17 February 2017
Freight on Rail welcomes last nights’ planning approval for the rail freight interchange at Howbury Park in South East London which can help the Mayor reduce air pollution, congestion, road crashes and carbon emissions in the capital.
The Howbury Park interchange represents an important element of the network of strategic rail freight interchanges being developed across the country to ensure that consumer freight can be transported long distance by rail to the edge of conurbations.
Philippa Edmunds, Freight on Rail Manager said: “Howbury Park will allow consumer goods to be transported to London by rail and then transferred into low emissions vehicles for final deliveries across the capital. Interchanges like Howbury enable rail freight to compete with lorries because they reduce the transhipment costs between the modes.
“Rail freight, which produces 90 per cent less PM10 particulates and up to 15 times less nitrogen dioxide emissions than HGVs for the equivalent journey, provides part of the solution to London’s air pollution.”
For further information please contact Philippa Edmunds on 020 8241 9982 / 07593 976 548 or email@example.com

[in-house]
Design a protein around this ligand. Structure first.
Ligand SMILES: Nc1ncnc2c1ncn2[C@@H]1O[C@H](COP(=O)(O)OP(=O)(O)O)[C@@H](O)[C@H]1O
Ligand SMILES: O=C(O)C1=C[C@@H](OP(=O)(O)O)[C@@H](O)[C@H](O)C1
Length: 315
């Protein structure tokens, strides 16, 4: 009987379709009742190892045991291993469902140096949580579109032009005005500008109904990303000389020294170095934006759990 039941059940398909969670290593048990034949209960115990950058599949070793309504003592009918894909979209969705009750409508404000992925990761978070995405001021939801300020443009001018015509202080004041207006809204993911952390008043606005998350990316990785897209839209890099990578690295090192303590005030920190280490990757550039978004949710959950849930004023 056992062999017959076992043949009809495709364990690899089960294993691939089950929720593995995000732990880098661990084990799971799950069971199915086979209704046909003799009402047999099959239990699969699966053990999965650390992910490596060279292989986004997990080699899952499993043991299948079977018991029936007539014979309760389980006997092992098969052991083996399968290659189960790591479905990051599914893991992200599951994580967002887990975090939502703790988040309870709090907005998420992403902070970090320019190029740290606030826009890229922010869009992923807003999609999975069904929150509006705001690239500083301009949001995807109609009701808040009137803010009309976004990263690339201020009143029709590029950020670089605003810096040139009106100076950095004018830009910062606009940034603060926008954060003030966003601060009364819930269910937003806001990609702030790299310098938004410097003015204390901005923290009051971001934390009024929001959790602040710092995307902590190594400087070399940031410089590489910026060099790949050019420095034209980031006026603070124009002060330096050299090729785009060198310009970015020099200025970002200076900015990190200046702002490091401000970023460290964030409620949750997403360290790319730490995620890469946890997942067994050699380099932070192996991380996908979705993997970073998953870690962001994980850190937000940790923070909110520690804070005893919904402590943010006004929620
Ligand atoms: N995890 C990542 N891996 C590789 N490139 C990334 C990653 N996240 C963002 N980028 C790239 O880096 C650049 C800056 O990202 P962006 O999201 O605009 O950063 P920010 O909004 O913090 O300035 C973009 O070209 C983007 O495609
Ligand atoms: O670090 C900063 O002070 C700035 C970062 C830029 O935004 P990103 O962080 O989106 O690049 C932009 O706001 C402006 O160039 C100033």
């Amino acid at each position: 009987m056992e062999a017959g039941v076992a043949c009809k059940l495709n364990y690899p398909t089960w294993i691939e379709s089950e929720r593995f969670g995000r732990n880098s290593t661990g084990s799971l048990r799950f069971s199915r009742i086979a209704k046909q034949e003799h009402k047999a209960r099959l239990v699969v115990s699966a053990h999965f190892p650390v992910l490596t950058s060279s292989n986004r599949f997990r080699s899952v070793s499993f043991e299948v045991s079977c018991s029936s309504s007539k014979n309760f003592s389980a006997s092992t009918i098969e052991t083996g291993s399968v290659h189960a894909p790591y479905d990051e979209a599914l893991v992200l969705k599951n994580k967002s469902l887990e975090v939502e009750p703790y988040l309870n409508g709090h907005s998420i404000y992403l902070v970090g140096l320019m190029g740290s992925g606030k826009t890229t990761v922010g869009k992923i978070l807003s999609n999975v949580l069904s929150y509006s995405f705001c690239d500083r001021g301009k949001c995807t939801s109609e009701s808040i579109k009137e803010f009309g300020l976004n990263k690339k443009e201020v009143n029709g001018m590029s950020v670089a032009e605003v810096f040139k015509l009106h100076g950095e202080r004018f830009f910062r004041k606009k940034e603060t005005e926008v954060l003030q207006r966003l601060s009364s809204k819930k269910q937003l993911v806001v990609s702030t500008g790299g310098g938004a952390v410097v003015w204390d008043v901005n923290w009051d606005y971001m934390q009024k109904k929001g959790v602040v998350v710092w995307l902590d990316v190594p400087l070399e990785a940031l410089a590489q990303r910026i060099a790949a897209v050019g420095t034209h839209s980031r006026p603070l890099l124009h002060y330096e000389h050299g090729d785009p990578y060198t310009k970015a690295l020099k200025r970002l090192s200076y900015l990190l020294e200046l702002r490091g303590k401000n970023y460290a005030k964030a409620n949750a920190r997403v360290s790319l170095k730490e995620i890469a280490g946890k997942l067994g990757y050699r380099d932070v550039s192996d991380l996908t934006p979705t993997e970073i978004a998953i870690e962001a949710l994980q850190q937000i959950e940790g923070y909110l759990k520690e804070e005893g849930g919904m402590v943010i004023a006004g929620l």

Notes to Editors
 Bexley Council’s planning committee voted to support the officer recommendation for consent of Roxhill’s revised proposals for the former ProLogis SRFI scheme on Thursday evening 16 February 2017. Howbury Park SRFI received planning permission in 2008 but because of the recession the scheme was put on hold and the permission lapsed.
 DfT Logistics Perspective December 2008
Highways England figures show that HGVs are producing around 50 per cent of the nitrogen oxide pollution from road pollution on the strategic road network even though they only make up five per cent of road miles driven in the UK.
 A consumer freight train can remove 75 HGVs and an aggregates train can remove up to 160 HGVs – Network Rail Value of Freight 2013
Large HGVs are up to 160,000 times more damaging to road surfaces than the average car – 4th power law
 The latest Government figures show that HGVs are almost six times more likely than cars to be involved in fatal collisions on minor roads. In the previous two years, HGVs were more than six times more likely to be involved in fatal accidents on minor roads demonstrating that these figures have been consistent.
In 2014, on motorways, HGVs were involved in almost half (45 per cent of fatal collisions although they only accounted for 11.6 per cent of the miles driven on them). Source: Traffic statistics table TRA0104, Accident statistics Table RAS 30017, both DfT
 Rail freight produces 76 per cent less CO2 emissions than the equivalent HGV journey – DfT Rail freight Strategy 2016